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When you want to bake cookies, preheat the oven according to the cookie recipe directions, pull out as many dough balls as you like, place them on greased cookie sheets and bake them frozen. They might need an extra minute or two in the oven, but that is the only adjustment you need to make. You can bake any number of cookies – the whole batch, a dozen for a quick after-dinner treat for the whole family, or just a couple for you to eat by yourself, whenever you need a quick pick-me-up.

Just a Typical Friday

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I’m not sure what your normal Friday looks like, but mine is usually full of catch-up chores and projects to get ready for the weekend. I don’t usually work on Fridays, so I try to make time to play in the kitchen along with the other things I have to get done.

Today I have been to the store to pick up ingredients for a date night dinner with Rich. Calvin is spending the night with my parents and Rich and I are cooking dinner together and then going out on the town. Don’t get too excited – the going out includes shopping for a new mailbox. But do get excited about our dinner. I am. We are having Cornish game hens roasted on a bed of apples and shallots, a red rice and kamut medley and caramelized acorn squash. They are all experiments, but if they turn out I’ll post recipes and methods soon.

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I have cinnamon almond ice cream churning right now and there is butter softening on the counter for chocolate chip cookies. Both are for tomorrow’s delayed family celebration of Rich’s birthday. The ice cream is another experiment, so if it turns out I’ll be posting that one too.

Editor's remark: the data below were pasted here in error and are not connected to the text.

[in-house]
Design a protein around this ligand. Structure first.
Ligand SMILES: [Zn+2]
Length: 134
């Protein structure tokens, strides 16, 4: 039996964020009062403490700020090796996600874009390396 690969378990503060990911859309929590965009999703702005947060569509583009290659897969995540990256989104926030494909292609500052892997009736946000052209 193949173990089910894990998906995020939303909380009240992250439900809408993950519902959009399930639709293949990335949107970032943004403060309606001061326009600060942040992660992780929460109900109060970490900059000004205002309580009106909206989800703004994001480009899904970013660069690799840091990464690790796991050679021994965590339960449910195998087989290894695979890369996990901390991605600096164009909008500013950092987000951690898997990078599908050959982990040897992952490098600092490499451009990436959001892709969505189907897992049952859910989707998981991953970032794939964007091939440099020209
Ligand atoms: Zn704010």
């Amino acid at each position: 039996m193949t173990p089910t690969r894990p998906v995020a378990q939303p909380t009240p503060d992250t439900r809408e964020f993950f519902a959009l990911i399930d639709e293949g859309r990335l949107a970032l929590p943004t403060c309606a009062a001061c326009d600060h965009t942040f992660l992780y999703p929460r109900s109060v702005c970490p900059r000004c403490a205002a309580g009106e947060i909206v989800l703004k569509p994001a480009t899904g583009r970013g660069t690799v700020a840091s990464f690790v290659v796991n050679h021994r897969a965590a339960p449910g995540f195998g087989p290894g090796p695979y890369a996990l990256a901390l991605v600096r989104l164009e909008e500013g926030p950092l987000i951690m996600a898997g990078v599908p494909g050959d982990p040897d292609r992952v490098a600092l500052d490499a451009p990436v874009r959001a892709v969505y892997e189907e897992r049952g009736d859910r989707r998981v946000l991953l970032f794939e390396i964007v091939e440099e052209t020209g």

I also have injera batter fermenting on the counter and plans to make a starter for an Austrian buckwheat bread tonight. Tomorrow I am leading a bread baking session to make several kinds of bread for World Communion celebrations at our church on Sunday. We have done this for the last several years and it is always fun. The picture at the top of the post is the selection from last year – we made a Xichuan flatbread, sorghum rolls and a round schiacciata.

I enjoy the challenge of finding recipes to use every year. It is always a lesson in planning to figure out the timing on three different breads so that we can make them in a couple of hours, with one oven and one stovetop. This year we are making Ethiopian injera, Austrian buckwheat bread and Persian flat bread.